Sister brand Haven can also provide space for large families to stretch out: Beach House Rentals at Perran Sands include a private hot tub with sea views, outdoor veranda with barbecue, sun deck and private garden – though grandparents will still find a way to reminisce over their past caravan holidays when they see other holiday homes on site.

Story time

That sentimental side might also help sell a hotel or theme park break, as grandparents relish the opportunity to share in the magic while kids are still young enough to believe.

The Fairytale Forest at Efteling Theme Park Resort in the Netherlands is a prime example, telling the stories of Hans Christian Anderson and the Brothers Grimm to charming effect. There are newer, flashier attractions elsewhere in the park for teenage siblings in need of rides and rollercoasters, but the gentle, low-tech forest ticks all the boxes for younger children.


They must be doing something right, as 10% of visitors last year were aged 55-plus, and with easy transport (including by car and ferry, if a flight doesn’t appeal) and self-catered group accommodation at Efteling Bosrijk Village, it’s a practical option for larger families.

If they don’t mind the long-haul flight, however, there are plenty of magical options farther afield. Family brand Beaches has also taken inspiration from traditional tales with a new series of interactive shows, Creativa, which feature modern remakes of classic stories such as Treasure Island, Alice in Wonderland and The Jungle Book.

There’s a chance for parents to enjoy a bit of alone time by dispatching little ones to the kids’ club (staffed by fully-certified, autism-aware nannies) or getting grandparents to babysit one night while they enjoy a glass of wine at the Sky Bar rooftop bar.

Space race

Factoring in alone time is probably the single greatest key to ensuring a successful multigenerational break, and the easiest way is by booking interconnecting rooms, a family suite or even a villa that gives everybody space to spread out. Whether that lets young kids wake up early to watch cartoons while grandad has a lie-in, or teens sleep late while parents and grandparents have a peaceful cup of coffee on the balcony.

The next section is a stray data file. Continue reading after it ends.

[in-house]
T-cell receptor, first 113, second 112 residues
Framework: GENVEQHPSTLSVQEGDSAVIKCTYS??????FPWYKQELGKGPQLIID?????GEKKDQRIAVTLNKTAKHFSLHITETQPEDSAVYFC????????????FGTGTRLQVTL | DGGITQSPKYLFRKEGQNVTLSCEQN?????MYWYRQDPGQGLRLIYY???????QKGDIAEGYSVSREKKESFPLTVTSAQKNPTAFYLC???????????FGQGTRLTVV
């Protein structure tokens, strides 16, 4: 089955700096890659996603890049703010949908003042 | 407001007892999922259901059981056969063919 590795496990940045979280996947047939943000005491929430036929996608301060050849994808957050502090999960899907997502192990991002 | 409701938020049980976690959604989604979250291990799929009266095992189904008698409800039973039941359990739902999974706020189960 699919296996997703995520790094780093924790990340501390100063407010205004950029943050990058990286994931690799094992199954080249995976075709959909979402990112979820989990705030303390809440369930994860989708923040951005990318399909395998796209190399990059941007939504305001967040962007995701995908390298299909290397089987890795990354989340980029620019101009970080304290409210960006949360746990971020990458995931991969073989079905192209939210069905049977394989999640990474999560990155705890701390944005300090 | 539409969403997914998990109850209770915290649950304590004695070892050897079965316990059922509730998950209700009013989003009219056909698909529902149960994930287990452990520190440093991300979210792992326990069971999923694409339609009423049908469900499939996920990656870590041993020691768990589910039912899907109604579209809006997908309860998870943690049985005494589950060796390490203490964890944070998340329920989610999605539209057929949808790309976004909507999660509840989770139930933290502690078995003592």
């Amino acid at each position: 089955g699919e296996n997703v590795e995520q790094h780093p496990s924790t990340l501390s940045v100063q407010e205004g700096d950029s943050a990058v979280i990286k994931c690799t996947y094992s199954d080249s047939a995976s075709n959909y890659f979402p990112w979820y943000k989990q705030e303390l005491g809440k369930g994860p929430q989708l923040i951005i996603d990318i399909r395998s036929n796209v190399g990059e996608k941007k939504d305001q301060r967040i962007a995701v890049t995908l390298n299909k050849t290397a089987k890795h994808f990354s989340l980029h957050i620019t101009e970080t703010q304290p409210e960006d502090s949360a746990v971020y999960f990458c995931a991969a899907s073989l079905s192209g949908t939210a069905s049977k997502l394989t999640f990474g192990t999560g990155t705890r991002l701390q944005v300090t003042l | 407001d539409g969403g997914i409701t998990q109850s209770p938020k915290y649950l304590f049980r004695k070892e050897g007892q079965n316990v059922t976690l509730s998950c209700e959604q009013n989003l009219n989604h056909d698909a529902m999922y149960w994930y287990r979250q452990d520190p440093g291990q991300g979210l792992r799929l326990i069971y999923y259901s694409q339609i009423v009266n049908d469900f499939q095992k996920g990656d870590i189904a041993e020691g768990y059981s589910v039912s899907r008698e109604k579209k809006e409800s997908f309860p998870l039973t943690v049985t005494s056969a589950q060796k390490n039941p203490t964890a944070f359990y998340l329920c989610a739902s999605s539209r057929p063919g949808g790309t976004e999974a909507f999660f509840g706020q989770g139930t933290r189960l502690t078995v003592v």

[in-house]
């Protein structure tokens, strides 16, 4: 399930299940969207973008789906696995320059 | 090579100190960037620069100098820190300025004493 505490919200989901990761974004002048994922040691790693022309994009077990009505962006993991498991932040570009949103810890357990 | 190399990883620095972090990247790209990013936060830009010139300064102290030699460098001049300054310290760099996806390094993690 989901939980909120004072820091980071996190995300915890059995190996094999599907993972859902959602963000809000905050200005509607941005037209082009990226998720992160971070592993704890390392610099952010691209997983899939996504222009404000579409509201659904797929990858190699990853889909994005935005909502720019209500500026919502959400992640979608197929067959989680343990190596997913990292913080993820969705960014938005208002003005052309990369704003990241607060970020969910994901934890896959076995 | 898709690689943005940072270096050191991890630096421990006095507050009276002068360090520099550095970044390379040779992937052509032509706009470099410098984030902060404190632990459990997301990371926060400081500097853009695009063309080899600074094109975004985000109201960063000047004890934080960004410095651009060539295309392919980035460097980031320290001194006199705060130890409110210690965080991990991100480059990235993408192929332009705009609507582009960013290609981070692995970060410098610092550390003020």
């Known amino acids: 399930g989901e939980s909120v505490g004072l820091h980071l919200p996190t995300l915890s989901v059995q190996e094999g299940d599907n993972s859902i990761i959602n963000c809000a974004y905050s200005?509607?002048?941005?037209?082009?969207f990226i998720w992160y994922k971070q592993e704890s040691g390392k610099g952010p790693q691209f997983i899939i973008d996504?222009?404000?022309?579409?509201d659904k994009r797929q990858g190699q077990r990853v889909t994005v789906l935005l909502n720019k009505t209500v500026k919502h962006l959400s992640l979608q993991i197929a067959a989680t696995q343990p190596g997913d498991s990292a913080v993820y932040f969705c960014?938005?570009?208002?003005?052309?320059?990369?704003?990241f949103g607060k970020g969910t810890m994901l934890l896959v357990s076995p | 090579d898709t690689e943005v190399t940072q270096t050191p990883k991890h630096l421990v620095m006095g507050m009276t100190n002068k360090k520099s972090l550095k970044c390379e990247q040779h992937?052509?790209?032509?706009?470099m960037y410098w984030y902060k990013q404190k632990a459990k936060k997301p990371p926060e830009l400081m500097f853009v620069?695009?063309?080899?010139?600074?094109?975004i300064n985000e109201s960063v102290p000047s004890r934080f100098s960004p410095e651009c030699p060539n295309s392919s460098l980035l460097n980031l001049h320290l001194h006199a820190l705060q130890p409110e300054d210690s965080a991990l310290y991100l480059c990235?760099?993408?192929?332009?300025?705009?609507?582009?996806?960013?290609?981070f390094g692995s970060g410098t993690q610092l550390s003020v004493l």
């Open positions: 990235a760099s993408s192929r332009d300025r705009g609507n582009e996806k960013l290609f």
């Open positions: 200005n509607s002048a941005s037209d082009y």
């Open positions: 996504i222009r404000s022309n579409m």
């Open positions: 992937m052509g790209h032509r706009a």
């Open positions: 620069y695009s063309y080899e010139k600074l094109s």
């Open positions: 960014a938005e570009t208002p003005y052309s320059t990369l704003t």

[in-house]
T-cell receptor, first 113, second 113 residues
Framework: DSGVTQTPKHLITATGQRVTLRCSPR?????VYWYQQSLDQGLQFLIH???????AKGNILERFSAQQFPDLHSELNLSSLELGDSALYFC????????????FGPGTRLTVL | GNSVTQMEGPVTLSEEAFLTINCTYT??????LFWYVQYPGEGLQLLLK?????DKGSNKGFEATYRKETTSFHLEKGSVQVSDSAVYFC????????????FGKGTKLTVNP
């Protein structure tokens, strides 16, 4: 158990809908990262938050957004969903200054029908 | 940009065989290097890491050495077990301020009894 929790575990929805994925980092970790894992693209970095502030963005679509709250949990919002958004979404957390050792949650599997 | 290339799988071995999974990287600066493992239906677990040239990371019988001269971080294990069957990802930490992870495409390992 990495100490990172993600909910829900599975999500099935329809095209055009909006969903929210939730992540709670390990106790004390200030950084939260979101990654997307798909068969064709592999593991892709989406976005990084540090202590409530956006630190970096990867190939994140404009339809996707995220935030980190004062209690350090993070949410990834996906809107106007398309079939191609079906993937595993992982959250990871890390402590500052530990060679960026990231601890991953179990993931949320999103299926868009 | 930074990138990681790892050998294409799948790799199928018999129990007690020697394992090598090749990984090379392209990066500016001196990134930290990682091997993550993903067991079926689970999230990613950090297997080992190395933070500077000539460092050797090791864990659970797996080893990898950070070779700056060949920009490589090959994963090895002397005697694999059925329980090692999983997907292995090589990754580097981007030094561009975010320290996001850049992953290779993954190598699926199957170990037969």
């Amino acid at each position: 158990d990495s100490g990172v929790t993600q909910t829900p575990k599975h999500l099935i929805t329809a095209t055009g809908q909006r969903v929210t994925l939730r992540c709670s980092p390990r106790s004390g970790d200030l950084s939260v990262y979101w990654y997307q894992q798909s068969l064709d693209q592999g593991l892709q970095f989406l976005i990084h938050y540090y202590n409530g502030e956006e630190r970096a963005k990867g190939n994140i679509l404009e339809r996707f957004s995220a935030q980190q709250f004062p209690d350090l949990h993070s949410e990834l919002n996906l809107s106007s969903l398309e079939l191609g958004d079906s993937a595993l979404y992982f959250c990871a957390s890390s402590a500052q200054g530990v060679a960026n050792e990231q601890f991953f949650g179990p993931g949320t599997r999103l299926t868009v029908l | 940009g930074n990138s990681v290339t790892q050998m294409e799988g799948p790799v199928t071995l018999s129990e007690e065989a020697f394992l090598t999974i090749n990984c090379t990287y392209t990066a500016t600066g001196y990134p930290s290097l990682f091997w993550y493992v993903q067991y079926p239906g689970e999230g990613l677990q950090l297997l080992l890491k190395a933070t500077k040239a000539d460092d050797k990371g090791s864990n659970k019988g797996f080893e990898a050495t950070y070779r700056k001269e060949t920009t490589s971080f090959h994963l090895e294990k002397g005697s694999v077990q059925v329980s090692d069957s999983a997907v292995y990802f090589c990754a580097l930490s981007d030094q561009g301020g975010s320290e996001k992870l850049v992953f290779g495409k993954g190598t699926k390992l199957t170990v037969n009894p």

If hotels can’t guarantee interconnecting rooms – and many can’t until arrival – a suite is a more reliable option, if budget allows. Beaches Negril, for example, has two or three-bedroom beachfront butler suites that accommodate eight or nine respectively – and with the added help of a butler to take care of the details.

“Villas can offer lots of fabulous facilities such as private pools and the ability for all the family to enjoy meal times together.” 

Closer to home, many family hotels around the Med offer family suites with separate bedrooms and living areas – essential if grandma doesn’t want to sacrifice her afternoon nap – though these might mean kids bunking down in the living room on pull-out sofa beds, so might not be the best option for teenagers.

Columbia Beach Resort in family favourite Cyprus has 75sq metre suites with three separate areas – a master and second bedroom, both en suite, with a living area and large balcony running across all three rooms.


If that’s still not enough space, suggest a villa. Alex Stuart, general manager at villa operator Novasol, says: “Villas and large apartments can offer lots of space, fabulous facilities such as private pools and the ability for all the family to sit down and enjoy meal times together in their home away from home.”

He points out they can also be more economical than booking multiple hotel rooms, while self-catering can help keep costs down (provided everyone takes their turn cooking!)

Opt for a destination with plenty of family fun on hand to make up for the lack of hotel facilities. Funway Holidays has a range of Orlando villas with easy access to the theme parks.

Destination product manager Malcolm Davies says: “For larger groups, a villa holiday will usually work out cheaper than a hotel, and booking an entire property can be a great way to share relaxed times with friends or family.

“When selling a villa holiday, it’s important to consider the whole family’s needs. With hotels often unable to guarantee connecting or adjoining rooms, villas prove popular for multigenerational families, with the added benefits of communal areas and self-catering facilities.”

Sample product

A-Rosa offers an eight-day Provencal Rhone & The Camargue river cruise departing August 4, bookable through Shearings, starting at £4,756 for a family of four. The price includes seven nights staying all-inclusive onboard, flights from Gatwick to Lyon, and two excursions.

A week’s self-catering in a villa in Croatian town Fazana, near Pula, with Novasol leads in at £1,379 for up to eight people, not including flights. The four-bedroom, four-bathroom property has a kitchen, living room, private pool and children’s play area.

Pictures: Marjin de Wijs; Nikolas Michael